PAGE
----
Results 1 to 2 of 2

Thread: Taylor's theorem

  1. #1
    Senior Member
    Joined
    Feb 2008
    Posts
    297

    Taylor's theorem

    Suppose that $\displaystyle f(x)=\ln (1+x)$

    1) Express $\displaystyle f(x)$ in the form $\displaystyle p_1(x)+R_2(x)$, where $\displaystyle p_1$ is the first Taylor polynomial for $\displaystyle f$ about 0 and $\displaystyle R_2$ is the Lagrange formula for the remainder.

    $\displaystyle f(x)=p_1(x)+R_2(x)$

    $\displaystyle p_1(x)=f(0)+f'(0)x$

    $\displaystyle \Longrightarrow p_1(x)=x$

    $\displaystyle R_2(x)=\frac{f''(c)}{2!}x^2$

    $\displaystyle f''(x)=-\frac{1}{(1+x)^2}\Rightarrow f''(c)=-\frac{1}{(1+c)^2}$

    $\displaystyle f(x)=x-\frac{x^2}{2(1+c)^2}$

    2) Suppose that $\displaystyle x\in [-0.1, 0.1]$ and consider the approximation $\displaystyle \ln (1+x) \approx x$. Use the answer in the first part to show that an upper bound for the absolute error in this approximation is $\displaystyle \frac{1}{162}$.

    $\displaystyle |Error|=|f(x)-p_1(x)|$

    $\displaystyle =|R_2(x)|$

    How would I do this question?
    Follow Math Help Forum on Facebook and Google+

  2. #2
    MHF Contributor

    Joined
    Apr 2005
    Posts
    19,780
    Thanks
    3028
    Quote Originally Posted by acevipa View Post
    Suppose that $\displaystyle f(x)=\ln (1+x)$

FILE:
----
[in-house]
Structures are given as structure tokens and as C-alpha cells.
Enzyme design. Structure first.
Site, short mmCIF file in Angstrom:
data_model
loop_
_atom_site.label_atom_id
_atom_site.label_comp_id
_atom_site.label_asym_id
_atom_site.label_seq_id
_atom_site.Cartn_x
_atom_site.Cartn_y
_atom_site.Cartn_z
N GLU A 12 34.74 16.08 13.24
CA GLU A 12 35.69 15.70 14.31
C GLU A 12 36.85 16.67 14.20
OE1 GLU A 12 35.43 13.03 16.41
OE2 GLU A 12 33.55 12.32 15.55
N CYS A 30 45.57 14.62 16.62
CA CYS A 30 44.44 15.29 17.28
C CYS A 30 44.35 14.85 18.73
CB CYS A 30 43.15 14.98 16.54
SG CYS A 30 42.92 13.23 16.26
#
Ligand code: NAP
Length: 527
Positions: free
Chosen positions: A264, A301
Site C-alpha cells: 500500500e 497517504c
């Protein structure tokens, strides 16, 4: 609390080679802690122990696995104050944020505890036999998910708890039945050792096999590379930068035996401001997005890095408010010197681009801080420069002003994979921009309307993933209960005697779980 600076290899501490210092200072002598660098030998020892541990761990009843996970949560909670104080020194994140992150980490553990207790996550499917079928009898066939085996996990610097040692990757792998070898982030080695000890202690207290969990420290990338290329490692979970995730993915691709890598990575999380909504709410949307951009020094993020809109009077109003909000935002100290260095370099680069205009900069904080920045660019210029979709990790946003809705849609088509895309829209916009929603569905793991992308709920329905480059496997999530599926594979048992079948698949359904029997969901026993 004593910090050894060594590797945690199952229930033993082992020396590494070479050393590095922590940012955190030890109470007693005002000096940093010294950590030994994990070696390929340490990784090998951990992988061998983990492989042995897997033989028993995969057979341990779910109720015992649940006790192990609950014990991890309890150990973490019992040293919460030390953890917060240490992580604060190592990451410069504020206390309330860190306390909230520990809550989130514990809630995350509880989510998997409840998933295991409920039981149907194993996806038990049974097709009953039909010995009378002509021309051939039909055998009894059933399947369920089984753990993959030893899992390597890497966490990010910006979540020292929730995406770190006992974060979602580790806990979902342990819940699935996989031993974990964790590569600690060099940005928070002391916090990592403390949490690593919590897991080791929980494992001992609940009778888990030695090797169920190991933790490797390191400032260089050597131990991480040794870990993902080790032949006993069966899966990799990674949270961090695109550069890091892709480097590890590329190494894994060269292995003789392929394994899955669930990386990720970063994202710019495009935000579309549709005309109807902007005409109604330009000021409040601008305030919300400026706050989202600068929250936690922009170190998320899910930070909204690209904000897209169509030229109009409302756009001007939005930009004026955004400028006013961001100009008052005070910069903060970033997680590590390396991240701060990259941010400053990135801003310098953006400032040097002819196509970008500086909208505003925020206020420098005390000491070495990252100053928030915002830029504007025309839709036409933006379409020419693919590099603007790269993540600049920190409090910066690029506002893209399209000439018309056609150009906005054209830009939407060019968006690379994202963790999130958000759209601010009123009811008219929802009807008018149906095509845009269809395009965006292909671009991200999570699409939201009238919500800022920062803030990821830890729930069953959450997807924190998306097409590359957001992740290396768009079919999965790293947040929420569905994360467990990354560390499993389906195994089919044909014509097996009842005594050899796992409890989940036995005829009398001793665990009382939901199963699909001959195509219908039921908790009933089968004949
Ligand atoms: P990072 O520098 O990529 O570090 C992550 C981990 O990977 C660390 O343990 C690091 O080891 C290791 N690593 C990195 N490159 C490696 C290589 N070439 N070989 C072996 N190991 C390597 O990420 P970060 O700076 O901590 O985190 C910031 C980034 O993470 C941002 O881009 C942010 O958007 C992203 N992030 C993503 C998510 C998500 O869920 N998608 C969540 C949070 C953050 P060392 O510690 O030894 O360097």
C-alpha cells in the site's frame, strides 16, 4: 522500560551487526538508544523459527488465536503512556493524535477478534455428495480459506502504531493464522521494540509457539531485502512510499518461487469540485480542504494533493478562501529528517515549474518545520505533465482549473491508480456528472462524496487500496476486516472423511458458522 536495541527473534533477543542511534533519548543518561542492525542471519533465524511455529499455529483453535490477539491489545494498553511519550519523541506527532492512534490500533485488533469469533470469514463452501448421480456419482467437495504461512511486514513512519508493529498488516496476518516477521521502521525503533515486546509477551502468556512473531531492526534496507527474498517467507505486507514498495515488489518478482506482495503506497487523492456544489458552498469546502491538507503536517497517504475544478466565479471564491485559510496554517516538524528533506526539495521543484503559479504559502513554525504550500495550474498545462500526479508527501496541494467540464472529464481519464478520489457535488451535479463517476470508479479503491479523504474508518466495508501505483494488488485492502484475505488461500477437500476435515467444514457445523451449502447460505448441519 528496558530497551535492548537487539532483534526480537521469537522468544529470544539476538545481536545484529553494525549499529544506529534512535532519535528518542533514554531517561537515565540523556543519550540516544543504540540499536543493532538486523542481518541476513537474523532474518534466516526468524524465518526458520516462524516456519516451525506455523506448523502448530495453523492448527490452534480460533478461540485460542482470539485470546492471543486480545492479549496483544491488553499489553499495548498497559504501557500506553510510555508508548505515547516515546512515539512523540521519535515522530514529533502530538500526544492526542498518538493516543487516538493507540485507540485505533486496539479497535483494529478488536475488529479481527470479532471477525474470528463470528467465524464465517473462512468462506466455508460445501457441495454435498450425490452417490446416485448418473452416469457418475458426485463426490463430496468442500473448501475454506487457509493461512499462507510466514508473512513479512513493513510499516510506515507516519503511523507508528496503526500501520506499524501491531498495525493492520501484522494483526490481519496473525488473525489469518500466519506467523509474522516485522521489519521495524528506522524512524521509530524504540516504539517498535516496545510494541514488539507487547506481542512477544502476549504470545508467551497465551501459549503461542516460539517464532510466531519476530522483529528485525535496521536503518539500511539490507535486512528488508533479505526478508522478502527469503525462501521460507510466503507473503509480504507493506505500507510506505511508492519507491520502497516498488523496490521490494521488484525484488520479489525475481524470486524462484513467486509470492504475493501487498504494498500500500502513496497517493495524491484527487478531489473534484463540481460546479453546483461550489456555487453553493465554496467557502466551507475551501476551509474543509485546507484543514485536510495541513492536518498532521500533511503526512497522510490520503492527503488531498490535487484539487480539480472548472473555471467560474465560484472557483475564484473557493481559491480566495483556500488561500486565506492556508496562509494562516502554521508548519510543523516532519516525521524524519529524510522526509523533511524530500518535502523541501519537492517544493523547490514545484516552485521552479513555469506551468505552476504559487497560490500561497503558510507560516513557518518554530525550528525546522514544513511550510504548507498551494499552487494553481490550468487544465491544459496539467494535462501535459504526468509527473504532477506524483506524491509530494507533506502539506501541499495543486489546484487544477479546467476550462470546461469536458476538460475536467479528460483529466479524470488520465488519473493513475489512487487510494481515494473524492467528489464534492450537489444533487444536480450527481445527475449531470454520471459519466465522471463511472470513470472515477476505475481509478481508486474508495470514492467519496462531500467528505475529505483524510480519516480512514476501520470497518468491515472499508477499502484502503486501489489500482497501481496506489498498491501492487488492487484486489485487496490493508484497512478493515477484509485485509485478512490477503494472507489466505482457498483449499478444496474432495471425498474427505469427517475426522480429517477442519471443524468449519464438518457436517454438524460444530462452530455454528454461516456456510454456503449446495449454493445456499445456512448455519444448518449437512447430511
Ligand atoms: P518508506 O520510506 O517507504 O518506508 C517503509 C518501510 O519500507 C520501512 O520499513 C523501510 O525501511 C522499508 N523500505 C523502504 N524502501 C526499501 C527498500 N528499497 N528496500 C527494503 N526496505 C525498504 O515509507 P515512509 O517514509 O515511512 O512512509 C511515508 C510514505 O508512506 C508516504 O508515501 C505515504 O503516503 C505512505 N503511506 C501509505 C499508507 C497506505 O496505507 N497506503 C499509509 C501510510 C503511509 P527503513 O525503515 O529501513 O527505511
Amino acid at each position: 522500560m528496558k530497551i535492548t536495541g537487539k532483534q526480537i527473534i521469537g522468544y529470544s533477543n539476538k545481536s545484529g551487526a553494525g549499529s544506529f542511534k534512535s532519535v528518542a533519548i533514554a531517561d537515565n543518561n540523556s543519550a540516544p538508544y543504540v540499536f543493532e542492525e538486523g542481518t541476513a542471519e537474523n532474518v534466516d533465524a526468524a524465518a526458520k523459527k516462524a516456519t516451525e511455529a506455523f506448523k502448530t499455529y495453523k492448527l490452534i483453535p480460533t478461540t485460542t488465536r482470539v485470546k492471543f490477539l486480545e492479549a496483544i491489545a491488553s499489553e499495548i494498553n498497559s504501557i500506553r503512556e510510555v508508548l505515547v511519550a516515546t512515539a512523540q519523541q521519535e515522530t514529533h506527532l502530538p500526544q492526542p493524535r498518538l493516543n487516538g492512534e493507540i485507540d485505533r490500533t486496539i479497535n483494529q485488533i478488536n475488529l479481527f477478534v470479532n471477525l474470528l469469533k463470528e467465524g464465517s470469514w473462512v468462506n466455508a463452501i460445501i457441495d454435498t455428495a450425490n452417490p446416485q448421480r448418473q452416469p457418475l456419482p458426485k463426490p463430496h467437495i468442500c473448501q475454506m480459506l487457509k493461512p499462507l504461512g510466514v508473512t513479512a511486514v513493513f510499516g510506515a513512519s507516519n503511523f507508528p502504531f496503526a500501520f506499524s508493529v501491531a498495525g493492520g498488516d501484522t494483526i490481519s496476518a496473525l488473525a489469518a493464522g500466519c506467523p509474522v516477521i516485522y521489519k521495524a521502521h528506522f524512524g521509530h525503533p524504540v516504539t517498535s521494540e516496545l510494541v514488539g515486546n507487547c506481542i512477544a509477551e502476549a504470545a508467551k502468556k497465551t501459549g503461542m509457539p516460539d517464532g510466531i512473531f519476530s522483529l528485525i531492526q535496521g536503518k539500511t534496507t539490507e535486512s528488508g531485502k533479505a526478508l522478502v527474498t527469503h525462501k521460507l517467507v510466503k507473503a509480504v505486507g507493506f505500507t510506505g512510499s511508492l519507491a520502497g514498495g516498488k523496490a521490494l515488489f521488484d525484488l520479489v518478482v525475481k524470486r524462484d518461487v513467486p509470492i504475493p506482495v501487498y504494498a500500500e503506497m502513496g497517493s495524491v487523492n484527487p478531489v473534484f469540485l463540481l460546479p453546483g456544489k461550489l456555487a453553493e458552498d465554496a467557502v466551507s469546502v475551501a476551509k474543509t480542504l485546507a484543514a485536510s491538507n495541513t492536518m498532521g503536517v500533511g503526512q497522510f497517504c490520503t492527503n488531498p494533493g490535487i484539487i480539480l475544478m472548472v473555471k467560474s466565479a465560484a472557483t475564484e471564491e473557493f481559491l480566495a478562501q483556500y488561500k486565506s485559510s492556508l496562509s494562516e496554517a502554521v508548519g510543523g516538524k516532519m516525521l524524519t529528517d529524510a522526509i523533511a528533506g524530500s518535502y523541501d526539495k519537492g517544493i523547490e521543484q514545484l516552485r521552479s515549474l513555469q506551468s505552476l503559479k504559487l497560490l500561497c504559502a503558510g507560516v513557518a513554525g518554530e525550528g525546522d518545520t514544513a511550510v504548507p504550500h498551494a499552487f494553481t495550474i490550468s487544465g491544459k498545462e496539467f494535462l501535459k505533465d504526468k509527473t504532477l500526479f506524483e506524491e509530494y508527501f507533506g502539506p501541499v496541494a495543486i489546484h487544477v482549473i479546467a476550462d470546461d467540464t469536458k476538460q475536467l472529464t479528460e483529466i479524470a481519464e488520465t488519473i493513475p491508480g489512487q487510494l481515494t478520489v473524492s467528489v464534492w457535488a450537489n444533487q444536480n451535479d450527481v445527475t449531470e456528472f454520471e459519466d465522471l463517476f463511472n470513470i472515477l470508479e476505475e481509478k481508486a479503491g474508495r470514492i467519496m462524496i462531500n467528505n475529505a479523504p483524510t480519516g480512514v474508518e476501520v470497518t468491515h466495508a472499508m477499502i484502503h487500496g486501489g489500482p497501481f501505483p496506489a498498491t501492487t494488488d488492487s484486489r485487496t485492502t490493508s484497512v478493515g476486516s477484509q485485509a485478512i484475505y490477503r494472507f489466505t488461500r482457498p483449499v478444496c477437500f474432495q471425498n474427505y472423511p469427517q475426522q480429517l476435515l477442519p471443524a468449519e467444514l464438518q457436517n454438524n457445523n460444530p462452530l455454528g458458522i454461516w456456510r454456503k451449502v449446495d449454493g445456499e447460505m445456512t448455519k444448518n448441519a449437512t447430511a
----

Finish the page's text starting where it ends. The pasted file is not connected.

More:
1) Express $\displaystyle f(x)$ in the form $\displaystyle p_1(x)+R_2(x)$, where $\displaystyle p_1$ is the first Taylor polynomial for $\displaystyle f$ about 0 and $\displaystyle R_2$ is the Lagrange formula for the remainder.

    $\displaystyle f(x)=p_1(x)+R_2(x)$

    $\displaystyle p_1(x)=f(0)+f'(0)x$

    $\displaystyle \Longrightarrow p_1(x)=x$

    $\displaystyle R_2(x)=\frac{f''(c)}{2!}x^2$

    $\displaystyle f''(x)=-\frac{1}{(1+x)^2}\Rightarrow f''(c)=-\frac{1}{(1+c)^2}$

    $\displaystyle f(x)=x-\frac{x^2}{2(1+c)^2}$

    2) Suppose that $\displaystyle x\in [-0.1, 0.1]$ and consider the approximation $\displaystyle \ln (1+x) \approx x$. Use the answer in the first part to show that an upper bound for the absolute error in this approximation is $\displaystyle \frac{1}{162}$.

    $\displaystyle |Error|=|f(x)-p_1(x)|$

    $\displaystyle =|R_2(x)|$

    How would I do this question?
    Well, you have already determined that $\displaystyle R_2(x)= -\frac{x^2}{(1+ c)^2}$ for some c between -0.1 and 0.1 so that $\displaystyle |R_2(x)|= \frac{x^2}{(1+ c)^2}$. Now what is the largest possible value for that? Remember that a fraction achieves it maximum value when the numerator is maximum and the denominator is minimum.
    Follow Math Help Forum on Facebook and Google+

Similar Math Help Forum Discussions

  1. Taylor's Theorem
    Posted in the Advanced Applied Math Forum
    Replies: 4
    Last Post: Nov 10th 2011, 06:45 PM
  2. Taylor theorem
    Posted in the Calculus Forum
    Replies: 2
    Last Post: Oct 2nd 2011, 06:39 AM
  3. Taylor's theorem and e
    Posted in the Calculus Forum
    Replies: 1
    Last Post: May 3rd 2009, 02:05 AM
  4. Taylor's Theorem
    Posted in the Differential Geometry Forum
    Replies: 0
    Last Post: Apr 23rd 2009, 07:52 AM
  5. Taylor's Theorem
    Posted in the Calculus Forum
    Replies: 8
    Last Post: Nov 23rd 2007, 01:15 PM

Search Tags


/mathhelpforum @mathhelpforum